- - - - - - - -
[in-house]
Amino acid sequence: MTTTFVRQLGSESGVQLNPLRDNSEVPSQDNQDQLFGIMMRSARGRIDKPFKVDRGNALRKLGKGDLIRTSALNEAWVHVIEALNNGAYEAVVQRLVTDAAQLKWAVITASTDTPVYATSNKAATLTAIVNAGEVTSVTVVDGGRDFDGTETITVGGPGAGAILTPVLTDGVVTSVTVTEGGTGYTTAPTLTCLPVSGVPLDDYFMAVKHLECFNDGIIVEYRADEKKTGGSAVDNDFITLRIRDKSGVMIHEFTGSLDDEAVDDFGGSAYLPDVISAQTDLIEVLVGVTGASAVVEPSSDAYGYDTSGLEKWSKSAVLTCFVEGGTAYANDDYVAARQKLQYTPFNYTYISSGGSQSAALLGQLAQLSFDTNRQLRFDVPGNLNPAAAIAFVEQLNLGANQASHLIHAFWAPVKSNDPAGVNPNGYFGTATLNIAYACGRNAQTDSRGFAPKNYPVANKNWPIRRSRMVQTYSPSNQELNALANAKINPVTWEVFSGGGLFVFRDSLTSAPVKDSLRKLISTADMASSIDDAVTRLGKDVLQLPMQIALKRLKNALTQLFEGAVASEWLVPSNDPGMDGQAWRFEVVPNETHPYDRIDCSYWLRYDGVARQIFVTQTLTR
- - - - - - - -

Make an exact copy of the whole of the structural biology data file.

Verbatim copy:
[in-house]
Amino acid sequence: MTTTFVRQLGSESGVQLNPLRDNSEVPSQDNQDQLFGIMMRSARGRIDKPFKVDRGNALRKLGKGDLIRTSALNEAWVHVIEALNNGAYEAVVQRLVTDAAQLKWAVITASTDTPVYATSNKAATLTAIVNAGEVTSVTVVDGGRDFDGTETITVGGPGAGAILTPVLTDGVVTSVTVTEGGTGYTTAPTLTCLPVSGVPLDDYFMAVKHLECFNDGIIVEYRADEKKTGGSAVDNDFITLRIRDKSGVMIHEFTGSLDDEAVDDFGGSAYLPDVISAQTDLIEVLVGVTGASAVVEPSSDAYGYDTSGLEKWSKSAVLTCFVEGGTAYANDDYVAARQKLQYTPFNYTYISSGGSQSAALLGQLAQLSFDTNRQLRFDVPGNLNPAAAIAFVEQLNLGANQASHLIHAFWAPVKSNDPAGVNPNGYFGTATLNIAYACGRNAQTDSRGFAPKNYPVANKNWPIRRSRMVQTYSPSNQELNALANAKINPVTWEVFSGGGLFVFRDSLTSAPVKDSLRKLISTADMASSIDDAVTRLGKDVLQLPMQIALKRLKNALTQLFEGAVASEWLVPSNDPGMDGQAWRFEVVPNETHPYDRIDCSYWLRYDGVARQIFVTQTLTR